Vent glass windows served as the preferred way to cool off the cabin, also functioning as an occasional hack to break back in whenever drivers lock the keys inside. Luckily, the internal air conditioning system was a game-changer that later became standard in cars in the 1960s. Vent windows eventually disappeared, with designers going for cleaner lines and weight reduction.
5 Ashtrays And Cigarette Lighters
The ashtray and cigarette lights were complementary accessories popular in cars from the ’50s and ’60s, and these features became a staple across numerous models for many years after that. Whereas the lighter featured on the dashboard for apparent reasons, automakers spread out the ashtrays within the cabin to accommodate every occupant.
But with lifestyle changes due to increased public awareness of smoking-related health hazards and pressure from tighter regulations, car manufacturers have successfully eliminated ashtrays and cigarette lighters in modern cars. After the ’90s, ashtrays, and lights got replaced with accessories such as loose change trays, cup holders, and wireless charging ports.
4 Floor-Mounted Dimmer Switches
Dimmer switches were initially mounted on car steering wheels, allowing drivers to easily toggle headlights from low beams to high. Automakers later concluded that they would be hazardous distractions and moved the switch to the floor, where its size grew significantly for easy foot access.
Cars eventually transitioned from rear-wheel drive to front-wheel drive, and suddenly the space in the footwell got too cramped to accommodate the light switch. Subsequently, the dimmer switch migrated to the steering column again in the ’90s, this time alongside the windshield wiper lever.
3 Front Bench Seats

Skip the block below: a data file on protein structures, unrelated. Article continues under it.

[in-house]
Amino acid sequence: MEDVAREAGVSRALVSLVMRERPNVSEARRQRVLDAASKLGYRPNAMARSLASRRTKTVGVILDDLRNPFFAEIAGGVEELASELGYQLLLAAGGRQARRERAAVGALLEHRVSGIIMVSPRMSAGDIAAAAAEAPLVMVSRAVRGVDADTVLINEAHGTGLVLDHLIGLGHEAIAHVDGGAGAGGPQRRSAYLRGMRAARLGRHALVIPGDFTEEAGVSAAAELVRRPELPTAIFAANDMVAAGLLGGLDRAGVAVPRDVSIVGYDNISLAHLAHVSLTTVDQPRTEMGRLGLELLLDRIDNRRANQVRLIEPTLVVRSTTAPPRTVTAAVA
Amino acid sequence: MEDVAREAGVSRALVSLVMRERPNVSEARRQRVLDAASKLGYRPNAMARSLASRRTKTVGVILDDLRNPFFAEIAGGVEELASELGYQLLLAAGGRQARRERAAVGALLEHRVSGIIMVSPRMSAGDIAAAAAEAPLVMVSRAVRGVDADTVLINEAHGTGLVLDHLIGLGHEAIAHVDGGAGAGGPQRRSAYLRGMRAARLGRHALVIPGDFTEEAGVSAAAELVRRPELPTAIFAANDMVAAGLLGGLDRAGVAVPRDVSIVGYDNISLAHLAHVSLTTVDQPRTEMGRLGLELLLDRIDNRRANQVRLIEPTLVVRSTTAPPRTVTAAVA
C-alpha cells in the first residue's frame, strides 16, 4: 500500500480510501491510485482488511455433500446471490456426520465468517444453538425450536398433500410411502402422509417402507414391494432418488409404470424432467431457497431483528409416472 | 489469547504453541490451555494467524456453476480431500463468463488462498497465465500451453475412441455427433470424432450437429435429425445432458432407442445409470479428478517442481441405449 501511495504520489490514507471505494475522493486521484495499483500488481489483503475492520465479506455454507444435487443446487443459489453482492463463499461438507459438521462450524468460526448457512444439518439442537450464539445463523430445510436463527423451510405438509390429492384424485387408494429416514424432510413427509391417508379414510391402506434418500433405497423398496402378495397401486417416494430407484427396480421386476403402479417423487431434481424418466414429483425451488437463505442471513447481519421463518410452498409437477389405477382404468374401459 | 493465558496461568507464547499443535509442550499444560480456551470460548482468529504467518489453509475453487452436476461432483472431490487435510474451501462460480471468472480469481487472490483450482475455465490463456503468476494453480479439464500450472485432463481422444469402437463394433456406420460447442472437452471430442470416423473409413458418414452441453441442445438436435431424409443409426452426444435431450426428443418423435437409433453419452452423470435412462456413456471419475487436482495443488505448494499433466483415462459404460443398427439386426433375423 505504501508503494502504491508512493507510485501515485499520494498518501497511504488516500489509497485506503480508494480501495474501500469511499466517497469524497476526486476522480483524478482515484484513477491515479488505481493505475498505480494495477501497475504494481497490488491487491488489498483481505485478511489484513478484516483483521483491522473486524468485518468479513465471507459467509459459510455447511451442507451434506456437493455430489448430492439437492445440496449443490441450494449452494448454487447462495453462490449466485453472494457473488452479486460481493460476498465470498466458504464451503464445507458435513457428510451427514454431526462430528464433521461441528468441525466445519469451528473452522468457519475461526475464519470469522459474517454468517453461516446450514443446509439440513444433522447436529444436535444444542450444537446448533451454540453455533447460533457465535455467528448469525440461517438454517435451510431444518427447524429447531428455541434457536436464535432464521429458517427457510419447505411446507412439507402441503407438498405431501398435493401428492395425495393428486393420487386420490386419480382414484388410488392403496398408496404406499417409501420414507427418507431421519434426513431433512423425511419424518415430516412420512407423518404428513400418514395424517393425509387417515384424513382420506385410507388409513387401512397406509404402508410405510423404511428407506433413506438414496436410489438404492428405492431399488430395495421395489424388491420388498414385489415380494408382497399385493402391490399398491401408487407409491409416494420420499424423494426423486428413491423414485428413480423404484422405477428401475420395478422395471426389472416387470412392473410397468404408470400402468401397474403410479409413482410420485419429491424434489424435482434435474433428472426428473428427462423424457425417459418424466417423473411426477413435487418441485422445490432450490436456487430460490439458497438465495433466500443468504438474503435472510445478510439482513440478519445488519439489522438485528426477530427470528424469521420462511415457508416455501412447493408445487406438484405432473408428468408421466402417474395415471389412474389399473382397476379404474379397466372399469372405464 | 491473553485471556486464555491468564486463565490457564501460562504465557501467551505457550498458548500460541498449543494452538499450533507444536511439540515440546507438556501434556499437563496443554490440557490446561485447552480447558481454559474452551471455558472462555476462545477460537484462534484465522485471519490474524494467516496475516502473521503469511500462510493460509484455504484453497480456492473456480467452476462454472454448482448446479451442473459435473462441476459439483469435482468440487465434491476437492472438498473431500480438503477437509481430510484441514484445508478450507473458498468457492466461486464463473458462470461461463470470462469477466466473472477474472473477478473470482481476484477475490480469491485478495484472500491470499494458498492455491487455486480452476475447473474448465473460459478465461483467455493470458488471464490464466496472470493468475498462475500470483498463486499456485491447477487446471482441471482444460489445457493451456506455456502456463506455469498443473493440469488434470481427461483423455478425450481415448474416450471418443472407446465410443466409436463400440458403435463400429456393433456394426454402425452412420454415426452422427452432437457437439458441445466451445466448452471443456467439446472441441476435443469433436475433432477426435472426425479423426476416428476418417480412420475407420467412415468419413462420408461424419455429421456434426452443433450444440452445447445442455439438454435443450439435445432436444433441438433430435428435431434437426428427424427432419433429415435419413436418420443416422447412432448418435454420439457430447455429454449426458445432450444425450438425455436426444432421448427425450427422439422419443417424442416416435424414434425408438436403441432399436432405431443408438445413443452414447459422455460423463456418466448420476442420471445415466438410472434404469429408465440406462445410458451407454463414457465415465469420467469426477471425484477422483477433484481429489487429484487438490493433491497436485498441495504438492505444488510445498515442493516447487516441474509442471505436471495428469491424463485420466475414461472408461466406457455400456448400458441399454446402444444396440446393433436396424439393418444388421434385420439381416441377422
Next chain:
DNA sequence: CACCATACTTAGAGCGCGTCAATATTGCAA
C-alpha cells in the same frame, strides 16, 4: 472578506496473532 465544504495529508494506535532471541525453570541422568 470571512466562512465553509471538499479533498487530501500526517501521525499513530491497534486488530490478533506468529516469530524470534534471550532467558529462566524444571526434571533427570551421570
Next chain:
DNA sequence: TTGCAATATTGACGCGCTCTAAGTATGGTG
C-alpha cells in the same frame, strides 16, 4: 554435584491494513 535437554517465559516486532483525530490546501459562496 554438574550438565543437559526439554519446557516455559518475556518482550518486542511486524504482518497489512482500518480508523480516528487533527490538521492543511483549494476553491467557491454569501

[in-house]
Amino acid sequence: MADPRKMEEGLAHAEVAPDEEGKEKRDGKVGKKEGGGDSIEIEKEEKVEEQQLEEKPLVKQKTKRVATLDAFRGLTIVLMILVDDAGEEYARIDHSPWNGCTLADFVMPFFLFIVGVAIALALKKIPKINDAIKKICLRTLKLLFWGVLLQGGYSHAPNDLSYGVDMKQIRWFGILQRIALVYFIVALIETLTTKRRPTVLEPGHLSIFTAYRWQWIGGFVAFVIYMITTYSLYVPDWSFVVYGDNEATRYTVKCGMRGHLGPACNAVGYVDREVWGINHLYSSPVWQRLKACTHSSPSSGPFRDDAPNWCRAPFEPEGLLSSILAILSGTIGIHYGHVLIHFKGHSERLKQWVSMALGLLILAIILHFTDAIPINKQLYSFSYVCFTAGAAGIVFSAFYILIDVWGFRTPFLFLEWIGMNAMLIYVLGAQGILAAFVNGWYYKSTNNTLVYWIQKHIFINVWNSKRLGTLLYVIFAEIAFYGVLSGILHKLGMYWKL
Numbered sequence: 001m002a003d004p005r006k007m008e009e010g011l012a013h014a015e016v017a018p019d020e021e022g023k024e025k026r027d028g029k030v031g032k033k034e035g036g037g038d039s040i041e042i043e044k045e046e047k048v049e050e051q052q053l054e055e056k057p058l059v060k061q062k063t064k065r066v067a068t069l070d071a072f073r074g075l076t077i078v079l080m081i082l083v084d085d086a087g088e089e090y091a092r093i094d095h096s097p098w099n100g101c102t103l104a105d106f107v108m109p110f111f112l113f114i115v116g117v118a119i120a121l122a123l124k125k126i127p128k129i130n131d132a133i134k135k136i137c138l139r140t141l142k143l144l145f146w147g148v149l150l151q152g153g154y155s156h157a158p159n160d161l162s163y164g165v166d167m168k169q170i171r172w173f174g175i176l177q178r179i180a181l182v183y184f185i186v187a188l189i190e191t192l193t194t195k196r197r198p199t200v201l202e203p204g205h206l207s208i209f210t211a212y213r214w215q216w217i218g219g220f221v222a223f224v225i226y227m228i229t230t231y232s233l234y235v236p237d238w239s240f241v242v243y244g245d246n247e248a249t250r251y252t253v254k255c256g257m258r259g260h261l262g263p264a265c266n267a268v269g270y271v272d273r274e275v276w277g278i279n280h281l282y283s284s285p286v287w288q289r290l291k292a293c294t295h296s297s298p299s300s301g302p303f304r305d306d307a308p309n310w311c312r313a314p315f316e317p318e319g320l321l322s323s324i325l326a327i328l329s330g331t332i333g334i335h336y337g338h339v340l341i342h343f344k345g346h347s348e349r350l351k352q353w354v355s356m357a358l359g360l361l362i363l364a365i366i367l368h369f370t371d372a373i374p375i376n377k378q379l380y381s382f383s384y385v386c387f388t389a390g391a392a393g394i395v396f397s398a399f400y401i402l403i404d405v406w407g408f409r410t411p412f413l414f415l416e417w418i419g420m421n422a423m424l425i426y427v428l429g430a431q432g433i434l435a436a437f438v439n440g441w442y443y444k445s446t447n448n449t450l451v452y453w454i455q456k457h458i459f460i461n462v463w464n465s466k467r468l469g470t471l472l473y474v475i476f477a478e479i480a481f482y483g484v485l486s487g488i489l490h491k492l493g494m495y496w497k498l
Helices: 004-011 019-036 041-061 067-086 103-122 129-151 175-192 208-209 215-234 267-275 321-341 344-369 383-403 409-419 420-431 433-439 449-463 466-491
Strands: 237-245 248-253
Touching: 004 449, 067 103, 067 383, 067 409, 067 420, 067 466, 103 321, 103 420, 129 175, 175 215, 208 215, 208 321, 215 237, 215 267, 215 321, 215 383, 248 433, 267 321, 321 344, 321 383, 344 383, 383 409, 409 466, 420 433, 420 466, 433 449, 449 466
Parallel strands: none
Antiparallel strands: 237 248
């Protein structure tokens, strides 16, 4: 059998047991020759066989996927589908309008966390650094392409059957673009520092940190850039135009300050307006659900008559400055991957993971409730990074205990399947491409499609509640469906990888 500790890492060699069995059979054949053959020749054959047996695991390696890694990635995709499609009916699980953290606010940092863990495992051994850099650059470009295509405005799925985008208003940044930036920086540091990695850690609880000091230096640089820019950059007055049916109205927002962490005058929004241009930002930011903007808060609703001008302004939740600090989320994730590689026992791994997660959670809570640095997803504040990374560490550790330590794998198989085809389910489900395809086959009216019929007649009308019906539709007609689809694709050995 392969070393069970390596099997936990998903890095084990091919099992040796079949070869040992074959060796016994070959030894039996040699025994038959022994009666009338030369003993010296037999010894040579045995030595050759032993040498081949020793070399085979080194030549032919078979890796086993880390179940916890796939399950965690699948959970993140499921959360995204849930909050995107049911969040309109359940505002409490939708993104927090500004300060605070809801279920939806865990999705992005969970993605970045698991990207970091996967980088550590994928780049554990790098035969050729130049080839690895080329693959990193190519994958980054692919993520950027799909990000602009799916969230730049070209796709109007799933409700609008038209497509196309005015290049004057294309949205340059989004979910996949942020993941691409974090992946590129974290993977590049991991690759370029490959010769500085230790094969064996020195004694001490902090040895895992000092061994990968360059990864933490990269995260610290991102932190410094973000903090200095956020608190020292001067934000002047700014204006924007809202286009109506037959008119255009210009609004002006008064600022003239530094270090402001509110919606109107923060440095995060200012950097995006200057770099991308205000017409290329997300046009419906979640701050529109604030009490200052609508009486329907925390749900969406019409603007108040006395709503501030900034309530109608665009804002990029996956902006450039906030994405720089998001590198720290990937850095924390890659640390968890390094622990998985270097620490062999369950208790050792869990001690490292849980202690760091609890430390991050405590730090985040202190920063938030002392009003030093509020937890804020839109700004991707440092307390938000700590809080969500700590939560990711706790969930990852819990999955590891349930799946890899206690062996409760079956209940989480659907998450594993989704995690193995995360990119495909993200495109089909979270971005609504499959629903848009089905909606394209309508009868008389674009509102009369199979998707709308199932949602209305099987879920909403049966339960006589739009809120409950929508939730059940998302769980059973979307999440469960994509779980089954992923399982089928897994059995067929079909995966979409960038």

Before seat belts became, bench seats were standard for mandatory most family cars. The middle seat was not the most comfortable, but it made the front seat wide enough to sit more than two. The romantic ones put the front bench to good use, maximizing its confines on a date night where a loved one can slide closer to the driver.
The early ’90s marked the beginning of the end for front bench seats, with countable trucks and vehicles like the Toyota Avalon and the Chevrolet Impala retaining them well into the 2000s. The bench seats got relegated in most vehicles because they made it challenging to implement safety equipment such as airbags and hampered the effective use of seat belts.
2 Horn Rings
Older cars required drivers to remove one hand from the steering wheel to press the honk button at the center, and some automakers viewed this as a dangerous distraction. As a result, car manufacturers invented the chrome ring, which they attached to the steering wheel as a safety device.
The horn ring made it easier for drivers to stretch a finger or thumb to honk by tugging the ring, but it ended up becoming a threat as well. Considering it was rigid and somewhat pointy, the horn ring had the potential to impale itself in a driver’s chest during an accident. Automakers later redesigned the steering wheel to have the horn occupying the most considerable portion in the center, with a driver’s airbag secured underneath it.
1 Pop-Up Headlights
Pop-up headlights have popped in and out of various automobile generations over the years. However, these instantly recognizable designs hit their peak in the early ’70s through the ’90s. Part of their popularity stemmed from the US Government mandates that cars have only a certain height for headlights back in the day.
But as government regulations on headlight designs relaxed in the ’90s, technological advancements made it possible for automakers to install different headlights. Besides emerging technology, the pop-up headlights were deemed a safety hazard that affected cyclists and pedestrians. Eventually, more stringent regulations, high compliance costs, and diminishing global desirability forced automakers to abandon the designs.